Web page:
Now, here’s the current conundrum. I still don’t make six figures. I have made some really smart money moves, but even now, I’m not slated to pull in six figures for another decade. I have two choices. The first option lets me sit back and let time work its magic. Each year of service nets me a small raise. It also gives our money in the market more time to do its thing. Conversely, the second choice involves monetizing our talents and skills. Otherwise known as prioritizing the side hustle or the passion project.
1. I’m no longer a solopreneur. If I was a solopreneur who netted $5K from a website I ran on my own, that would be pretty darn good. But I don’t do everything myself. Instead, I run a company that has a lot of expenses. My team manages a number of blogs, and I pay six team members each month, as well as dozens of writers who contribute to our blogs, plus a tech-support team. That $5K goes into company revenue, not directly into my pocket.
Hello I just stumbled across your blog and I needed some advice, which is greatly appreciated. I graduated with a degree in accounting with a B average, got fired as a trainee after 4 months out. Decided to try my hand at med. Did a few courses did a little better. decided to go back to accounting and could not for the life of me a get a job, not even at the small firms. Finally got another accounting job 3 years after graduation, which i also got canned from. Then again tried to go back in to accounting cannot get a job. I am now almost 30 working a crap job and i really don’t know what to do. I want to go into IT possibly cyber security; I am thinking fuck it maybe nursing; or maybe a diploma program as an electrical engineer technologist . Part of the reason I can’t get a job in accounting because I have a shit reputation with my peers and the city I live in. Long story short I was a bit of a hot head in college and did not take shit from anyone. Great at making enemies not so could at making friends. I figure if I do IT I will stick with accounting as well if I can get my CPA that would make me valuable. But with this linkedin environment I am afraid my reputation will deny my opportunity in the IT field. I just don’t want to be in this position. i want more but I don’t want to make any mistakes. I really don’t know what to do or what strategy would be best. At the end of the day I want to provide for the people I care about. I have crap reputation and I think starting over is the best route, I can do IT + accounting; healthcare; electrical engineering. Any advice would be greatly appreciated.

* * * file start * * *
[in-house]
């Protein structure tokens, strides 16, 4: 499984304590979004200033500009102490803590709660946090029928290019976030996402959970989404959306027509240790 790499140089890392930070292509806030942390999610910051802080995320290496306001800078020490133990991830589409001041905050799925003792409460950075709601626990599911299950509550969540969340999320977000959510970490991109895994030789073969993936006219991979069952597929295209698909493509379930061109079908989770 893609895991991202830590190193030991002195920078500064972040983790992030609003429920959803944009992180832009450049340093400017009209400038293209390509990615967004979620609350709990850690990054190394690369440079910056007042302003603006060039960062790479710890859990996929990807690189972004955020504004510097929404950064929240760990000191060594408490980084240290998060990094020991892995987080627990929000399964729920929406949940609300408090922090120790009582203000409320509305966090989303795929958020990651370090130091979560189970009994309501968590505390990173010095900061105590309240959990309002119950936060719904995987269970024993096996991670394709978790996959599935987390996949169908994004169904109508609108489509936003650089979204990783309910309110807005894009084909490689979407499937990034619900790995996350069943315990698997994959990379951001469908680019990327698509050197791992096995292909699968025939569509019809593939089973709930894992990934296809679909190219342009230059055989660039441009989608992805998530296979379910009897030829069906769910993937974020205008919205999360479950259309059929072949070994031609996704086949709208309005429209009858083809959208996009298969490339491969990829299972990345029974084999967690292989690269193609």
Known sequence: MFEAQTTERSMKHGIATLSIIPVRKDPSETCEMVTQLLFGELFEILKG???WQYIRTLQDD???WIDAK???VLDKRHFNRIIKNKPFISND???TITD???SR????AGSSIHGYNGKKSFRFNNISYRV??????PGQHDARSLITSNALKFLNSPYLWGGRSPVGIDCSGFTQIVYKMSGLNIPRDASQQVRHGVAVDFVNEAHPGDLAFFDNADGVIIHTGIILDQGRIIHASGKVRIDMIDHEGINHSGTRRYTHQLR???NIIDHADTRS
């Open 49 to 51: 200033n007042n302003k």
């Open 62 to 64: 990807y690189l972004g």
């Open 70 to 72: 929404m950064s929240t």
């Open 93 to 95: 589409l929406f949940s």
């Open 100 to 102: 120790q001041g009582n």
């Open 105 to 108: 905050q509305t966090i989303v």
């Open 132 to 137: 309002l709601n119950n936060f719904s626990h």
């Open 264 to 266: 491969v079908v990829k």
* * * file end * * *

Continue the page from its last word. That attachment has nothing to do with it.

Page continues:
Penny – Great post and you have gone beyond what most teachers do to maximize income. Teachers are underpaid. My wife taught for 18 years and the most she ever made was $26000 (when she was single in Alabama), but she would never have traded the experience and sense of accomplishment she had as teaching in a low income school district and helping kids envision a better future.
So then I graduate… and my company offers to send me to any school in the country for my Master’s; pay my salary + the degree and then give me another raise when I graduate… So me being the person I am I applied to a bunch of top schools cause not like I was paying so another full ride (woot woot). So now I’m about to finish my Master’s this December at a top 10 program by the age of 23 and I expect my income and investments to net me probably 140k with a LOT of upward mobility. I live in a state much cheaper than cities like Houston/Dallas… so for sheer buying power I would say I am probably pulling 400k equivalent to someone in the Bay Area or NYC. So if you bust your ass you can crush it out there.

I am glad to know that Affiliate Marketing is not dead as was presumed in early 2012 when Google pushed out harsh update targeting affiliate sites. I agree the article or blog post needs to be detailed and videos result in more conversions. I personally got succeeded more by adding videos to affiliate content. Anyways Glen all the tips you mentioned have been deployed by me on my blog and they work pretty well.
Google Autocomplete – go to google.com, start typing a phrase and look at the dropdown autocomplete results. You can use the underscore character “_” to have Google fill-in-the-blank. Just make sure the last character you type is an underscore. Try using plurals and change the word ordering to see different results. This is how I find 90% of my keywords.
After you link all your accounts, use their Retirement Planning calculator that pulls your real data to give you as pure an estimation of your financial future as possible using Monte Carlo simulation algorithms. Definitely run your numbers to see how you’re doing. I’ve been using Personal Capital since 2012 and have seen my net worth skyrocket during this time thanks to better money management.
Based on the marketing, you earn 100% commissions on sales and on upsells. The promotion throughout the site makes these products sound like sure-fire winners, especially as Michael Cheney has already made a lot from them. That's not a bad commission rate! Seriously, I love when companies pay high commissions, but you have to promote good products if you want to keep those commissions and avoid refunds.